How To Start Your Own Slow Fashion Journey
You’ve probably heard about fast and slow fashion from fellow makers or have seen articles and posts on the subject. And it’s very hard not to turn to some kind of slow fashion once you find out about the true cost of fast fashion on the environment and on people.
In addition, crafting and creating items for the home or to wear seems to be becoming more acceptable even in fashion circles — or at least among those who are aware of the environmental impact their making.
In their 2020 article, 3 Women on the Joy of Making Your Own Clothes, Murray and Thorpe argues that “…a DIY ethos is back en vogue. Equal parts mindfulness, activism, and creativity, it’s joyful resistance and sartorial originality all rolled into one”.
So how do you go about lessening your fashion footprint through yarn crafts like crochet, knitting, and Tunisian crochet? In this article, we’ll give you some tips to get started!
Before we get to the tips, however, it’s good to know what the difference between “fast fashion” and “slow fashion” is.
What is fast fashion?
The magazine Town & Country sums fast fashion up very well by noting that it’s fashion manufactured at “warp speed”. Certain companies are churning out new items based on clothing worn by celebrities or on the walkway so fast that you can see items of clothing in shops only a few days after they’ve “starred” on a celebrity’s Instagram.
In fast fashion, the idea of being at the forefront of fashion and style comes first. The quality of the garments mostly doesn’t seem to matter as it’s expected that they’ll be worn only an average of 7 times before being either thrown away or given to charity or secondhand shops.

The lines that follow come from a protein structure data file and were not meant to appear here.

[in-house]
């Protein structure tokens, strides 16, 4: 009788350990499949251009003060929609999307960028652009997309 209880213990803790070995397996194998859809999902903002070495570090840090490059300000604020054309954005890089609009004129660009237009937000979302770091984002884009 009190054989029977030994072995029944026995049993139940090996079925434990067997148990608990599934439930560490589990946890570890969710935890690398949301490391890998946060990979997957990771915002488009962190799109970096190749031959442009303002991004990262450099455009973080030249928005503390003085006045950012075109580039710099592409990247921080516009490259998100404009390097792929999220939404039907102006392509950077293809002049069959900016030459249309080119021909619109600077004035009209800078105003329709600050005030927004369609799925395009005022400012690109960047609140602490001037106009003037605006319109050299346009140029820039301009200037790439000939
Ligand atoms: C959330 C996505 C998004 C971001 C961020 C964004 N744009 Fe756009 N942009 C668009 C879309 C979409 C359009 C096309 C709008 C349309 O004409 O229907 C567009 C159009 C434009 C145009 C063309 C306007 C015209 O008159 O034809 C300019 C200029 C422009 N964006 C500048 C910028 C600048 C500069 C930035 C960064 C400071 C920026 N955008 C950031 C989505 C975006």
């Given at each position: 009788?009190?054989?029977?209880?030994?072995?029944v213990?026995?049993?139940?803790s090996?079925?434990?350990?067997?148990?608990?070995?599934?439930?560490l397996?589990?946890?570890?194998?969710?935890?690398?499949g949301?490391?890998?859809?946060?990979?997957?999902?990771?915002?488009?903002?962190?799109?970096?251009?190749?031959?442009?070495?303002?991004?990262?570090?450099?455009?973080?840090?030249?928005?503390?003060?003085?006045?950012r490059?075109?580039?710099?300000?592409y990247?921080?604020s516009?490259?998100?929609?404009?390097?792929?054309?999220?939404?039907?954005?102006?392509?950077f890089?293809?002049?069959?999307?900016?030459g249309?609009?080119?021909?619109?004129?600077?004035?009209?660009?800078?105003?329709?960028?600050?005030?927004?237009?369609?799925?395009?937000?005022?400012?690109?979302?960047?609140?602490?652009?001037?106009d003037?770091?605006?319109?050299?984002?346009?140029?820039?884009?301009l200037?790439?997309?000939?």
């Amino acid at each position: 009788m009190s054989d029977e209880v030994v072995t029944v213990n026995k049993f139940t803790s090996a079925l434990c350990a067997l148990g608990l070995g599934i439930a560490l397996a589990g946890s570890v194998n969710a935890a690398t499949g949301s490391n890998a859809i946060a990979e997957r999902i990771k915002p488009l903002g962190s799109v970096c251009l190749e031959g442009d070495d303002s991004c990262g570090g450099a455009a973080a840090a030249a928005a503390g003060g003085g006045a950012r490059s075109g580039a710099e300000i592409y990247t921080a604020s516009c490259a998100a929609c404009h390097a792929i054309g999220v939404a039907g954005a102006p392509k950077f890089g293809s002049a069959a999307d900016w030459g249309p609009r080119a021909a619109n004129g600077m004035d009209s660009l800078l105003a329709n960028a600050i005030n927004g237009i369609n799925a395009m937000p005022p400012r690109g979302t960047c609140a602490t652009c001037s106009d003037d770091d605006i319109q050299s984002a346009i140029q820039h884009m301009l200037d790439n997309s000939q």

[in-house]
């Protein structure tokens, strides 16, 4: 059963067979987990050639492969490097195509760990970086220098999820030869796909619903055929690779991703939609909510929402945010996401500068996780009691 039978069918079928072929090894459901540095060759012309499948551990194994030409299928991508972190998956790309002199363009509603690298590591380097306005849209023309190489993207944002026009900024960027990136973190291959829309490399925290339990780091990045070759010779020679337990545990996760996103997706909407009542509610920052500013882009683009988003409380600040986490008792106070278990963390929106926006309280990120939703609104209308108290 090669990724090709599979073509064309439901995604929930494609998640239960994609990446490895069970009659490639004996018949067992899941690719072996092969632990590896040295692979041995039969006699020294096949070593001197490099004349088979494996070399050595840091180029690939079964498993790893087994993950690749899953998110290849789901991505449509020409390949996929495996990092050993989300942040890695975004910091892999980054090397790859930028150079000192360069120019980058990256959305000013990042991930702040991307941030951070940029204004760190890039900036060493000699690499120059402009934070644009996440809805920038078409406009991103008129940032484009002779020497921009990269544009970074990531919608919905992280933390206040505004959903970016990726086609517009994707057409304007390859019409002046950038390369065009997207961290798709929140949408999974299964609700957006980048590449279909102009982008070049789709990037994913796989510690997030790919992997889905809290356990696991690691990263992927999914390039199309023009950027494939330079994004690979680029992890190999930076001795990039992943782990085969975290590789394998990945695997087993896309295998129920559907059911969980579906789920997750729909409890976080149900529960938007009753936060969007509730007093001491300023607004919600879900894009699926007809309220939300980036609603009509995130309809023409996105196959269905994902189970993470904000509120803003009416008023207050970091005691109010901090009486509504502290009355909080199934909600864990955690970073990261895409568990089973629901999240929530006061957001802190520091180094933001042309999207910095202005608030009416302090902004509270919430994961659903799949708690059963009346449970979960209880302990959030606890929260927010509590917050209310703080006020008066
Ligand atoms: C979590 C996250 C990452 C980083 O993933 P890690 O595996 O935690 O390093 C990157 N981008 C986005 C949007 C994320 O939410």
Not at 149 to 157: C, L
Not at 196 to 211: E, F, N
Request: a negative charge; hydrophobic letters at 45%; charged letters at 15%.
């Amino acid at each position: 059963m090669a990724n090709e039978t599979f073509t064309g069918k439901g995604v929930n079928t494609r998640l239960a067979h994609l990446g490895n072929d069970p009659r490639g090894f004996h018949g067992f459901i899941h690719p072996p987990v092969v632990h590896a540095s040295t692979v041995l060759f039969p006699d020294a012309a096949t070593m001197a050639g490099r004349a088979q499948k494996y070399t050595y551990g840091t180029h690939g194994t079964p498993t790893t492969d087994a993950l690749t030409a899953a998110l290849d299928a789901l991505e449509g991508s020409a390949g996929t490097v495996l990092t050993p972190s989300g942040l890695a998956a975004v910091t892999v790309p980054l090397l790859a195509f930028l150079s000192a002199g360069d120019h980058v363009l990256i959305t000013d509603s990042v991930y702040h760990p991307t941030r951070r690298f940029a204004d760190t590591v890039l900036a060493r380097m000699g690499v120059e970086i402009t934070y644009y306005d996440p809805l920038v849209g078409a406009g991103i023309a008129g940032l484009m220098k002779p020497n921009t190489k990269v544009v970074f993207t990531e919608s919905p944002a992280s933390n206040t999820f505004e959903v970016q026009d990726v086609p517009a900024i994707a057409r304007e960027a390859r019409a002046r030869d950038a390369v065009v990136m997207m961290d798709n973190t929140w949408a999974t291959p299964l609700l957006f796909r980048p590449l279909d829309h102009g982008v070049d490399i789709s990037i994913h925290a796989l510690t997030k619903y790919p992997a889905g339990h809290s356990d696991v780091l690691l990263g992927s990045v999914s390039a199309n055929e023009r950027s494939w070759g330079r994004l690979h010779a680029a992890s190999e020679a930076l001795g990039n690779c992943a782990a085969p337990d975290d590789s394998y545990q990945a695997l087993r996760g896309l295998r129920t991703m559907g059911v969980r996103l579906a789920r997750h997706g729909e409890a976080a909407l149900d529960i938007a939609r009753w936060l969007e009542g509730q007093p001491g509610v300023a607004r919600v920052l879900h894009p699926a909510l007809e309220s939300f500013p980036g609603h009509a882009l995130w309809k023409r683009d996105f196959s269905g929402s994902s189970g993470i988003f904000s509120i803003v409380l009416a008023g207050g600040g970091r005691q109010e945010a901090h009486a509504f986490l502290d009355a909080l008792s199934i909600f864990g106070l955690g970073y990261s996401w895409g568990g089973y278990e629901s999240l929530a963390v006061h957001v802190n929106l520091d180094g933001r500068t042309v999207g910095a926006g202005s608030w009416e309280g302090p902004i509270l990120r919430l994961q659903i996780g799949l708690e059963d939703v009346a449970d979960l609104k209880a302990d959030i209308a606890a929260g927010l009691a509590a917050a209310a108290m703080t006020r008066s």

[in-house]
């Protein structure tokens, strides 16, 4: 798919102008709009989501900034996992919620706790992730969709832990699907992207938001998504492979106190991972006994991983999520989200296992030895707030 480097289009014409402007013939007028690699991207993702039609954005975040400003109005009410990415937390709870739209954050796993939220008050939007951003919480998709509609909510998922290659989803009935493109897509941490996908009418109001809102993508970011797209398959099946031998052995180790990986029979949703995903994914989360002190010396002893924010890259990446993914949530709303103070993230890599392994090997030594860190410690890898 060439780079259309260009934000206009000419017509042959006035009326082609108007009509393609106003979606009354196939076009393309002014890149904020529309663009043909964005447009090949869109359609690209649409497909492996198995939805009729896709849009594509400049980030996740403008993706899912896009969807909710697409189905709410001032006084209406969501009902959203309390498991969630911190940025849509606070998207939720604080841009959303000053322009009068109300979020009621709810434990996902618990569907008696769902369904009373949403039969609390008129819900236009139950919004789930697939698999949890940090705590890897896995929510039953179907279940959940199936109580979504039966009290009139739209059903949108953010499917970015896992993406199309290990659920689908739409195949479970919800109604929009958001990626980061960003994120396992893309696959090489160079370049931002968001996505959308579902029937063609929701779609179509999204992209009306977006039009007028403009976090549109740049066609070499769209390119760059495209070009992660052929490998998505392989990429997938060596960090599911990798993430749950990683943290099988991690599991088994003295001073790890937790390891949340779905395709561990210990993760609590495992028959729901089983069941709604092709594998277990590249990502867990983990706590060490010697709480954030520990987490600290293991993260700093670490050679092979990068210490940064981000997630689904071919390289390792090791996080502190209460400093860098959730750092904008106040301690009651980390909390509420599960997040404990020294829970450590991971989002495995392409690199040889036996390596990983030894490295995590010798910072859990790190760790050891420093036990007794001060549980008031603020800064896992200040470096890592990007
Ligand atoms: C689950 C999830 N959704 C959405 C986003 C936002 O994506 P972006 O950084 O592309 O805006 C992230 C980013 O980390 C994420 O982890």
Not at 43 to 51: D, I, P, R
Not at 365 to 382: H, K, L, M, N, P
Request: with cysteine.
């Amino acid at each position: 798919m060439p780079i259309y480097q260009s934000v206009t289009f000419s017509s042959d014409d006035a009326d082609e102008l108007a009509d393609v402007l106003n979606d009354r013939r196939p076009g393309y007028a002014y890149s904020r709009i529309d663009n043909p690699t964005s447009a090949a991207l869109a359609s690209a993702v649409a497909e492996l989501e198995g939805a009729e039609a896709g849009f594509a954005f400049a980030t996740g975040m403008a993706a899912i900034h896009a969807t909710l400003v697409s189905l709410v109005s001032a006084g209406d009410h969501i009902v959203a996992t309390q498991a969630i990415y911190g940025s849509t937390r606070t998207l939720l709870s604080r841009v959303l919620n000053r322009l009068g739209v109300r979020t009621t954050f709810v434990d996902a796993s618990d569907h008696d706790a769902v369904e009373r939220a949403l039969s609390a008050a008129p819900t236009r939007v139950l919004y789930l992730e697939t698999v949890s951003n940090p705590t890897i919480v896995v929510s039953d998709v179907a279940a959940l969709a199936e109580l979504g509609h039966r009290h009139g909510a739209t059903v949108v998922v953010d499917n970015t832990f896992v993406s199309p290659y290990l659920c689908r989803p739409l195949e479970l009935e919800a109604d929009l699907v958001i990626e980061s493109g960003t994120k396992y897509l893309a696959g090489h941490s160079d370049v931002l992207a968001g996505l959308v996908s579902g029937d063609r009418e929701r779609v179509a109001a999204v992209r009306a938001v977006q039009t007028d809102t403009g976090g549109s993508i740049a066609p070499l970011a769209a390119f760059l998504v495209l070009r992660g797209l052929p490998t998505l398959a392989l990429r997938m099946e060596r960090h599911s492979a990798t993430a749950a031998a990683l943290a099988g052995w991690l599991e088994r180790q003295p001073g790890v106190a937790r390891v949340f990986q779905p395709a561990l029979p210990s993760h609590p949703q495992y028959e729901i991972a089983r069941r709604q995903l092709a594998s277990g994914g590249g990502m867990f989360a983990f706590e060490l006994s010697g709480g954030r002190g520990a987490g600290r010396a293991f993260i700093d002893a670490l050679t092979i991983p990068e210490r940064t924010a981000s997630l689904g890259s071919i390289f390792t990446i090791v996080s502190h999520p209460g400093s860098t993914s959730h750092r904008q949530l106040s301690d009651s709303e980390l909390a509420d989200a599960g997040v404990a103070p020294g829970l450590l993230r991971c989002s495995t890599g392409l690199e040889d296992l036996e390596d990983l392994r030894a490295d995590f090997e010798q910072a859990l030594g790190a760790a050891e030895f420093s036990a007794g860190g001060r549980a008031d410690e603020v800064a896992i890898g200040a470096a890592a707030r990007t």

Billions of tonnes of clothing end up in the landfill without even being worn!
You can only imagine the toll that this mass production has on the environment — think about air and water pollution for a start. But the cost is also in ethics, human rights, and even human lives.
Big companies, looking for the fastest and cheapest ways to make their clothing often sub-contract the manufacturing work. Safety and labor regulations in the countries where the cheapest labor is found, however, too often leaves much to be desired.
Many people are now standing up against this form of consumerism and exploitation of people on ethical grounds. What they are after — or are creating themselves — is slow fashion.
What is slow fashion?
Slow fashion strives to be the antithesis of fast fashion. Instead of focusing on how fast and cheap a garment can be created — regardless of the impact on the environment and people’s lives — slow fashion focuses on ethical choices. These ethical choices has to do both with the working conditions of the person(s) making the garment, but also with the impact that it has on the environment.
For example, fabric is chosen that is made from natural and sustainable materials as much as possible (instead of acrylics). Even the dye used on the fabric should give as little harm to the environment as possible. Some slow fashion advocates advocate that only natural dyes should be used.
The people making the garments should also have a safe working environment as well as fair pay (a living wage) for their time.